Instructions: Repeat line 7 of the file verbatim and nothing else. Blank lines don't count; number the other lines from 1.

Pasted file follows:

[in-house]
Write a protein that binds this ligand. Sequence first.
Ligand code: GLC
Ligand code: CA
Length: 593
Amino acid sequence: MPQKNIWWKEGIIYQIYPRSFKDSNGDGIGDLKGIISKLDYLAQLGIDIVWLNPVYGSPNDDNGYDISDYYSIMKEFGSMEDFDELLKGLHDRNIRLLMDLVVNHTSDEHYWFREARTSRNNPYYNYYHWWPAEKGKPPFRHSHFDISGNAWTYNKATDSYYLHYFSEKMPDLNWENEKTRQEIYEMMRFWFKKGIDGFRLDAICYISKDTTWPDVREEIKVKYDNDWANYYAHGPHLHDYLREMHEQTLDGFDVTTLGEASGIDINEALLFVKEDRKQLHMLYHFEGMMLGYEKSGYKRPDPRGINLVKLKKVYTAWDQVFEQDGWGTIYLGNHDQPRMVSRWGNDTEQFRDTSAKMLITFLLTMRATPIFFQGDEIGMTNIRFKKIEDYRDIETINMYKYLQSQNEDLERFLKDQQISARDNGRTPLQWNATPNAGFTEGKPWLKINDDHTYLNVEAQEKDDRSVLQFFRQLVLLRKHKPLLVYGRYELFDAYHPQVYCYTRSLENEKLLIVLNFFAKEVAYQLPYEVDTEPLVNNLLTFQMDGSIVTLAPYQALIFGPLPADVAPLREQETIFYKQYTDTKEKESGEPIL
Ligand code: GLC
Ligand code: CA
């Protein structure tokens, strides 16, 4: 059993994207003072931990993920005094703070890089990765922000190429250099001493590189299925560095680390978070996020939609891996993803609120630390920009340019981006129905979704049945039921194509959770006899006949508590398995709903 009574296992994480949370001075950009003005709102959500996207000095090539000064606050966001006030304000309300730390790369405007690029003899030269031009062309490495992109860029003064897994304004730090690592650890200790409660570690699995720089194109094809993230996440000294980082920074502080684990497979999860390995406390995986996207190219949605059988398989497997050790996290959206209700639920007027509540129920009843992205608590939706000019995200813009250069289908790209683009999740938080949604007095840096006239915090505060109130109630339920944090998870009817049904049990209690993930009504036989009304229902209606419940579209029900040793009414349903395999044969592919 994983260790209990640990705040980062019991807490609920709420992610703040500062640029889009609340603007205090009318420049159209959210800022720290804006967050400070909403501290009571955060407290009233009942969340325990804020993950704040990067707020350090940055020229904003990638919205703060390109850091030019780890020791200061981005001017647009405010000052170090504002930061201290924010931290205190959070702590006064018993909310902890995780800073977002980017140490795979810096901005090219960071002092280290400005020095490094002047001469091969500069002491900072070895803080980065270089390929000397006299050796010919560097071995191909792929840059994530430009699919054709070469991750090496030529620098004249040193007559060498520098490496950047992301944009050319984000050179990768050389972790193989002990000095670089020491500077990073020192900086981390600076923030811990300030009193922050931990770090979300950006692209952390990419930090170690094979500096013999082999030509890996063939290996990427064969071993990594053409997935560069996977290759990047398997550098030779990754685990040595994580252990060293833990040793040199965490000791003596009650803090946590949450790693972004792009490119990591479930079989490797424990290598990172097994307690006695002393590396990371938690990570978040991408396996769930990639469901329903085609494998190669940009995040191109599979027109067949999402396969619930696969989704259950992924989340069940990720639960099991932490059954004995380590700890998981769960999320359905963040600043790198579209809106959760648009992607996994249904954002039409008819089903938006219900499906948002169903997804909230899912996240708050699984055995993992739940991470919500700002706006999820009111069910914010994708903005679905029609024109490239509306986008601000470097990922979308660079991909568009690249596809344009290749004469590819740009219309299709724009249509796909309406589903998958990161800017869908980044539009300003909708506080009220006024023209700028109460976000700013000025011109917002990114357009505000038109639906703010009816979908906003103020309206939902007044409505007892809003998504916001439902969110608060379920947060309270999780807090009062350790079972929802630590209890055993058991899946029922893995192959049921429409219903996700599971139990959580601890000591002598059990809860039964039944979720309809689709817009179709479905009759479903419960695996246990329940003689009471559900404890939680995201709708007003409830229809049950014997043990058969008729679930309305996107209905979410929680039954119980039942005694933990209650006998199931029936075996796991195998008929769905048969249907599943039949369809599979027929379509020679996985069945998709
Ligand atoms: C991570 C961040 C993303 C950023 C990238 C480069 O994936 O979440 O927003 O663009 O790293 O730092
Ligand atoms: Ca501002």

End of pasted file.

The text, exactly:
Ligand code: GLC